Carney, E. W. and Thorsrud, B. (2006). AMP: Dermal Developmental Toxicity Study in CRL: CD(SD) Rats. Study number: DR-0399-3940-001.

Carney EW, Zablotny CL, Andrus AK,RasoulpourRJ, Quast JF, Yano BL. (2008). CS-1135: Two Generation Oral Gavage Reproductive Toxicity Study in CRL: CD(SD) Rats. Study number: DR-0365-7690-070.

Hegazy E. and Schwenk M. (1984). Choline uptake by isolated enterocytes of guinea pig. J. Nutr.114, 2217-2220,

de la Huerga, J. and Popper, H. (1952). Factors influencing choline absorption in the intestinal tract.J. Clin. Invest.31(6), 598–603.

Hume, J.W., Mulford, D.J. and Russell, P.J. (1965). Effect of 3-aminopropanol on choline deficiency in rats.Proc. Soc. Exp. Biol. Med.118(2), 430-433

Morin, R.J. (1969).In Vitroinhibition by metabolic antagonists of Phosphate-32P into the major phospholipids of swine coronary and pulmonary arteries.. Atheroscler. Res.10(3), 283-289

Morin, R.J. (1970). Inhibitionin vitroof [32P]-phosphate into rabbit and human endometrial phospholipids. Reprod. Fertil.23(3), 457-462

Nemec, M. D. (1989). A Range-Finding Teratology Study in Rats with AMINE CS-1135. Study number: DR-0365-7690-029.

Rasoulpour, R.J. and, V.A. (2008a); CS-1135: ORAL GAVAGE DEVELOPMENTAL TOXICITY STUDY IN NEWWHITE RABBIT. Study Number: DR-0365-7690-084

Rasoulpour R.J. and Marshall, V.A. (2008b). 2-AMINO-2-METHYL-1-PROPANOL HYDROCHLORIDE (AMP-HCL): WHOLE EMBRYO CULTURE IN CRL: CD(SD) RATS. Study number:DR-0038-3186-006.


Rasoulpour R.J. and Zablotny, C.L. (2009). 2-AMINO-2-METHYL-1-PROPANOL HYDROCHLORIDE (AMP-HCL): A DURATION OF EXPOSURE DIET AND GAVAGE STUDY IN Crl: CD(SD) RATS. Study number: DR-0038-3186-007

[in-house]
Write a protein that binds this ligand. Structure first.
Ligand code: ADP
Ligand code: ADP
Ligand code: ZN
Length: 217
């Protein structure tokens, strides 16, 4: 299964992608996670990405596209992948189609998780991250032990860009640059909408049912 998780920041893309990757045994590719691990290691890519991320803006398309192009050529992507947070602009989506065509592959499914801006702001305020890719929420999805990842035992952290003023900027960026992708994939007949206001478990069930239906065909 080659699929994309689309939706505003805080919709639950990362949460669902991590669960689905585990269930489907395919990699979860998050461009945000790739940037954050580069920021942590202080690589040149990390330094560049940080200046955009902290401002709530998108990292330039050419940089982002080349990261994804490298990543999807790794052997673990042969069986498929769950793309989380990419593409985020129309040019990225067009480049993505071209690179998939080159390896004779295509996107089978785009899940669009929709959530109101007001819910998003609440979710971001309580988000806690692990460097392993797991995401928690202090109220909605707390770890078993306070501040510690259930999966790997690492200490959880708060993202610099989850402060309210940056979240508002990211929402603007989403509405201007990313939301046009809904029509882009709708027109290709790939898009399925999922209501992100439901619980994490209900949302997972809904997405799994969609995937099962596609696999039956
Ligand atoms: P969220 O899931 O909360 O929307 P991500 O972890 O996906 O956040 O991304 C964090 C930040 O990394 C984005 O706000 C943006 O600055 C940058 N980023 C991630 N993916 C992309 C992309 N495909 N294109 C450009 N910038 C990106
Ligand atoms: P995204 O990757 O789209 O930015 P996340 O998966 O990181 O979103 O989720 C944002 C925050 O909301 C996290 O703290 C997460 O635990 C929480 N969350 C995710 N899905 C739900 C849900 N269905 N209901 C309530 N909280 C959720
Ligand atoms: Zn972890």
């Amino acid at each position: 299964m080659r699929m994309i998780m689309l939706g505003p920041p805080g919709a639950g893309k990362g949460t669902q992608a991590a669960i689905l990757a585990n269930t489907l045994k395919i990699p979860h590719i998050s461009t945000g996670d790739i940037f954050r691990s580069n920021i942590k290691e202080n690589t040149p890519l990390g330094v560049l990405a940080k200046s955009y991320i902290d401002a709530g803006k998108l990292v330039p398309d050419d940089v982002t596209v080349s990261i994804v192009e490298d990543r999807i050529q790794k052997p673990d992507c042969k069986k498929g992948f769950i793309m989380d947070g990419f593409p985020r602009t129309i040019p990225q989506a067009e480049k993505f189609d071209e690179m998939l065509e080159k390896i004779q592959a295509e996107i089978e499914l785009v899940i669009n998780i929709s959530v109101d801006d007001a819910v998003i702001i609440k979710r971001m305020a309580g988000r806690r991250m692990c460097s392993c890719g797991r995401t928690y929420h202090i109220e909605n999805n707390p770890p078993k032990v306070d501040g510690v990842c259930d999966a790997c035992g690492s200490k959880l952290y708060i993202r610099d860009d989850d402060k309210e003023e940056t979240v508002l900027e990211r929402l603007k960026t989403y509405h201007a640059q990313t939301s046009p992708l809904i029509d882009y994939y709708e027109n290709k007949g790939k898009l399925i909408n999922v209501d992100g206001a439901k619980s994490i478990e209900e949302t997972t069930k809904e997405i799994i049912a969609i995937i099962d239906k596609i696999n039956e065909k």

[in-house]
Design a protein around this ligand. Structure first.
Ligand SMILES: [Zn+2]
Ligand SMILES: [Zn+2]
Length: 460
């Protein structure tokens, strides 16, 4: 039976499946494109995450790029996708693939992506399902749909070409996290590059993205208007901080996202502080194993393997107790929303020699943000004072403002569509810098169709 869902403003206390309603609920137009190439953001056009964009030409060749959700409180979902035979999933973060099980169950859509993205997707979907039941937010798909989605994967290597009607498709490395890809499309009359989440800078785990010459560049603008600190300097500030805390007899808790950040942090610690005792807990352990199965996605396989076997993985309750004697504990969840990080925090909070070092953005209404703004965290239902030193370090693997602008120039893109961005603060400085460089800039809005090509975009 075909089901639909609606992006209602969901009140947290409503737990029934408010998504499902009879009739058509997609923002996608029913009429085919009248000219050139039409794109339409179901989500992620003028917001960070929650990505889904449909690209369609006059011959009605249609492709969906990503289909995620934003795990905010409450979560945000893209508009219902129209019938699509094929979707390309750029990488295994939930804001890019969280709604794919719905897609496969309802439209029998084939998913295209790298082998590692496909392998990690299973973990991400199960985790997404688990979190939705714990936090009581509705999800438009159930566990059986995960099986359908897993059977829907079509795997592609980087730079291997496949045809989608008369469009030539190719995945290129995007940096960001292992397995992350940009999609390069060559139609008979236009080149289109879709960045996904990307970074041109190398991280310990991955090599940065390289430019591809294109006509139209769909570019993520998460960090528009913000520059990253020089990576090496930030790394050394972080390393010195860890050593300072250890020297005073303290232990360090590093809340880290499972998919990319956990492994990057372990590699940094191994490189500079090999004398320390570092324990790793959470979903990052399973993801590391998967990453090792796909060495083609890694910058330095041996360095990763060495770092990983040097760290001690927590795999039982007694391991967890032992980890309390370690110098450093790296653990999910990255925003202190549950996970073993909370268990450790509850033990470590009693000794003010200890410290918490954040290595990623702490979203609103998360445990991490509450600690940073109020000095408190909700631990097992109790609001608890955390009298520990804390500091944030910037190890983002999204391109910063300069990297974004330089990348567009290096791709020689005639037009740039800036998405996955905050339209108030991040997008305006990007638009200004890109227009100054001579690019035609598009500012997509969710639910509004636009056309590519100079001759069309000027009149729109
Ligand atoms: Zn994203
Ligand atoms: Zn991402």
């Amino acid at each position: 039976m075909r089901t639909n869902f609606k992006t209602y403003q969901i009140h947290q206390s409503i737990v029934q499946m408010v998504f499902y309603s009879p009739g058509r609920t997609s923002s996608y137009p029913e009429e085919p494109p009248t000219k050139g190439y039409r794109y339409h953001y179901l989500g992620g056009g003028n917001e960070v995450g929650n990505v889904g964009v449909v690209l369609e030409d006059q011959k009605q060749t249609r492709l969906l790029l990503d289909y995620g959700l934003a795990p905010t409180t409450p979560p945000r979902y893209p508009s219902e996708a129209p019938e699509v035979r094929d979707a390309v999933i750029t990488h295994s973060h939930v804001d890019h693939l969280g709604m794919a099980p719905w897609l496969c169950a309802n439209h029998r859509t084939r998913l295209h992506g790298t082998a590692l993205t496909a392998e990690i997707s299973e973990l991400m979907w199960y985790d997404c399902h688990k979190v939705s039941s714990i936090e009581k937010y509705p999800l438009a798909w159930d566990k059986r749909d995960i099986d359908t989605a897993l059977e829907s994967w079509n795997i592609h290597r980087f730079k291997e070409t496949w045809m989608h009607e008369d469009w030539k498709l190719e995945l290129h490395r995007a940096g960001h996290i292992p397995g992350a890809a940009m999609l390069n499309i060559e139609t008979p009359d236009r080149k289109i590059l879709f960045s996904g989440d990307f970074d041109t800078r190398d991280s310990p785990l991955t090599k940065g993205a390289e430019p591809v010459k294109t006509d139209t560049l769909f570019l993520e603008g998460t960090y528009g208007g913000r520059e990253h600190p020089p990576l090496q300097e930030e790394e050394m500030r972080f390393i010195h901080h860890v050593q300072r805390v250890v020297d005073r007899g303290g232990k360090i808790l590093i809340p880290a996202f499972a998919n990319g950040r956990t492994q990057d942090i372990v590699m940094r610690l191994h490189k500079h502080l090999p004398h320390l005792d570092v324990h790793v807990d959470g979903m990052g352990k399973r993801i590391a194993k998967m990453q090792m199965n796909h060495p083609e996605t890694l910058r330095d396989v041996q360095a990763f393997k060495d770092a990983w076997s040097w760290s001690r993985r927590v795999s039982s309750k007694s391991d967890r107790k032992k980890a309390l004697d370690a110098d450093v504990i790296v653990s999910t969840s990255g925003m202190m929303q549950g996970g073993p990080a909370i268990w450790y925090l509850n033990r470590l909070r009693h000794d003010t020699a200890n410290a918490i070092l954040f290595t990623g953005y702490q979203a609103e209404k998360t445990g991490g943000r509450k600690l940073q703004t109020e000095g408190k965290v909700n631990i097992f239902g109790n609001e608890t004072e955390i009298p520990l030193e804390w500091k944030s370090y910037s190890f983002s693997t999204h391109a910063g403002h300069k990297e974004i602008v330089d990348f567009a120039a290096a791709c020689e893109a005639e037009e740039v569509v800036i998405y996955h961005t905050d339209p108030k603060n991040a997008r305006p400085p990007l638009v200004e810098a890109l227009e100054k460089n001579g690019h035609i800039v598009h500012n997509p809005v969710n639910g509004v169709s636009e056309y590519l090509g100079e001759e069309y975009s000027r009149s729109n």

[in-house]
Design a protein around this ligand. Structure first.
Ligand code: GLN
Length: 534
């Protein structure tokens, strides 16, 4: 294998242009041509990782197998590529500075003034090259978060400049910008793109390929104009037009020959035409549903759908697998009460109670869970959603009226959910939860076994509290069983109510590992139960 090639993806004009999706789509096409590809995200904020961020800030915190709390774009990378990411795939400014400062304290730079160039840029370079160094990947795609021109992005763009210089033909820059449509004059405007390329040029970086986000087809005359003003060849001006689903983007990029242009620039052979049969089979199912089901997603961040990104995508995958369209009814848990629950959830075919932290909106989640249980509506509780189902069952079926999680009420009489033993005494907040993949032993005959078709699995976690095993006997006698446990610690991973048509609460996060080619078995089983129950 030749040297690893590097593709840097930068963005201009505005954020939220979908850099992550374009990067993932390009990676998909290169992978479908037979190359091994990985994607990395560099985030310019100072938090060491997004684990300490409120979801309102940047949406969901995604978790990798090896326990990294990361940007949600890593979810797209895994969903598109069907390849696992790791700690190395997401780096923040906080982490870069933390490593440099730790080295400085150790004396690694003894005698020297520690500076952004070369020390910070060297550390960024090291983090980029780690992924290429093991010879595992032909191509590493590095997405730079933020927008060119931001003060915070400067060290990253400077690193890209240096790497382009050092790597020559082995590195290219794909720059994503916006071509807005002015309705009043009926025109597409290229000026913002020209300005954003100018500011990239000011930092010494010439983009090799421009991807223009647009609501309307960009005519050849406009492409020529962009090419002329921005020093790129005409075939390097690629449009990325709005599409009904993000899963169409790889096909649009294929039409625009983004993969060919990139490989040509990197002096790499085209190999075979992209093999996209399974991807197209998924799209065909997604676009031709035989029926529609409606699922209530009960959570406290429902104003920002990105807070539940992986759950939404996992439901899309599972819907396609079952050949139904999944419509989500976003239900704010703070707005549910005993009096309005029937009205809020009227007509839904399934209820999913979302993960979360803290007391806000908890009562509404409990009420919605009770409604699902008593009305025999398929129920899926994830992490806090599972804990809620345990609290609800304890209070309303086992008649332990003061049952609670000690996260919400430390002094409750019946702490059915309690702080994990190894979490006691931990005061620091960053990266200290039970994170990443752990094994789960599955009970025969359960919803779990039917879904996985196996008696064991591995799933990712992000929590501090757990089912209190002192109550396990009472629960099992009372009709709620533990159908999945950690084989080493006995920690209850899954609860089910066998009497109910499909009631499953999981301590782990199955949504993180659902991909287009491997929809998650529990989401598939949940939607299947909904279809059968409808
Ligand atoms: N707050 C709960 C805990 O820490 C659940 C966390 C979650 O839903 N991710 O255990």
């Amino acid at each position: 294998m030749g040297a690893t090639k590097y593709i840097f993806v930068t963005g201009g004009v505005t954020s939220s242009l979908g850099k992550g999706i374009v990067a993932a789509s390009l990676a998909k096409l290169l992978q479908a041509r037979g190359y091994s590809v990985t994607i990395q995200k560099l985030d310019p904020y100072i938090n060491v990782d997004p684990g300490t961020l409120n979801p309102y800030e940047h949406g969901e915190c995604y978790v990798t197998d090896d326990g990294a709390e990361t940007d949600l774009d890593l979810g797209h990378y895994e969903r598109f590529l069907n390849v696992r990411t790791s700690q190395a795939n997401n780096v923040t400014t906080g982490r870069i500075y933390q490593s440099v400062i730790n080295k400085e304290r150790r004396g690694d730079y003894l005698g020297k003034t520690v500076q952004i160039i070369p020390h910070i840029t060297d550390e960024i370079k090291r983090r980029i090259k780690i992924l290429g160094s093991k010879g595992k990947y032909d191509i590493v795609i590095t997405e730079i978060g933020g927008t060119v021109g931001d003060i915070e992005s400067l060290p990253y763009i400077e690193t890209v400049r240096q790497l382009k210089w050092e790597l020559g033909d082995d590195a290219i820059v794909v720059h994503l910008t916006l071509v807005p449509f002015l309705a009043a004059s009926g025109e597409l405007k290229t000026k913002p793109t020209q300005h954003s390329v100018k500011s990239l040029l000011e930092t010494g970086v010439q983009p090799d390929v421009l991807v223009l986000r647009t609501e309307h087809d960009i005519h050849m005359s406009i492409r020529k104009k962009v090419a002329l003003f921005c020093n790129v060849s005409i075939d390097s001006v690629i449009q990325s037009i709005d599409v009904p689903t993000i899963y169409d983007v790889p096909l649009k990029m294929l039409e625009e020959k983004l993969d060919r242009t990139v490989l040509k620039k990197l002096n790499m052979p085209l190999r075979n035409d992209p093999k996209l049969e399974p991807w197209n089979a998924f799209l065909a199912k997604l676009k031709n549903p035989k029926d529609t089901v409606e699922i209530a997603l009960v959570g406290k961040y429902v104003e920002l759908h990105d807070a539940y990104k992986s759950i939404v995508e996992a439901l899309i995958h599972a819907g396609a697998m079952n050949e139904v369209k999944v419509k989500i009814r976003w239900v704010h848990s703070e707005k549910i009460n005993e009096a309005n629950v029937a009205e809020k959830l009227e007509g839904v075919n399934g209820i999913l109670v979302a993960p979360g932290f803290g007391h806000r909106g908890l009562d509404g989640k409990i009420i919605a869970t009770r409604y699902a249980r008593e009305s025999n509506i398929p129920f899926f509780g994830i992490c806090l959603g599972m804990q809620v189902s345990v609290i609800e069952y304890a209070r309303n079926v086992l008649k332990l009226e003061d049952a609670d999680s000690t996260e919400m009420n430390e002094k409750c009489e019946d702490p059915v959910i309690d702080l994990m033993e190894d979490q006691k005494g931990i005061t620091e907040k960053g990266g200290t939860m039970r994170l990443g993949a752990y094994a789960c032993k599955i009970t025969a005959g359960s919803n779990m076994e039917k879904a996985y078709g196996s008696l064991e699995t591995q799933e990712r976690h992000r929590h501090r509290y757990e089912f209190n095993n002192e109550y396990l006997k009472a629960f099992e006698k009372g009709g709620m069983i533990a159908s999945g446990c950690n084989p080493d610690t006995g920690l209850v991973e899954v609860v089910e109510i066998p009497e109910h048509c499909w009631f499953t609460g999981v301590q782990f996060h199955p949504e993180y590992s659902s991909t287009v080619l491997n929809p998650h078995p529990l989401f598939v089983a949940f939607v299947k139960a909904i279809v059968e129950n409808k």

Russell, P.J., Green, S.T. and Mulford, D.J. (1965). The effect of 2-amino-2-methylpropanol on rat-liver mitochondria.Biochem. Biophys. Acta.98(3), 445-453

Saghir,,, A.J., McClymont, E.L. and Staley, J.L, (2007); CS-1135: PHARMACOKINETICS AND METABOLISM IN FISCHER 344 RATS.Study number:DR-0365-7690-066

Schroeder, F. (1980). Regulation of aminophospholipid asymmetry in murine fibroplast plasma membranes by choline and ethanolamine analogues.Biochim. Biophys. Acta.599(1), 254-270

Stott, W. T. and, H. L. (2006). 2-Methyl-2-aminopropanol (AMP): Effects Upon Choline Uptake in Chinese Hamster Ovary Cells. Study number: DR-0038-3186-002.

Stott, W.T., Zablotney, C.L. and Thomas, J. (2006). Potential of AMP-HCl to alter hepatic choline and phospholipid synthesis in pregnant CRL:CD(SD) rats when administered by the dietary route. DR-0038-3186-004   

Wells, I.C. and Remy, C.N. (1961). Inhibition ofde novocholine synthesis by 2-amino-2-methylpropanol.Arch. Biochem. Biophys.95, 389-399

Yue, K.T., Mulford, D.J. and Russell, P.J. (1970). Metabolism of 2-amino-2-methylpropanol n young rats.Arch. Biochem. Biophys.136(1), 47-53


Additional information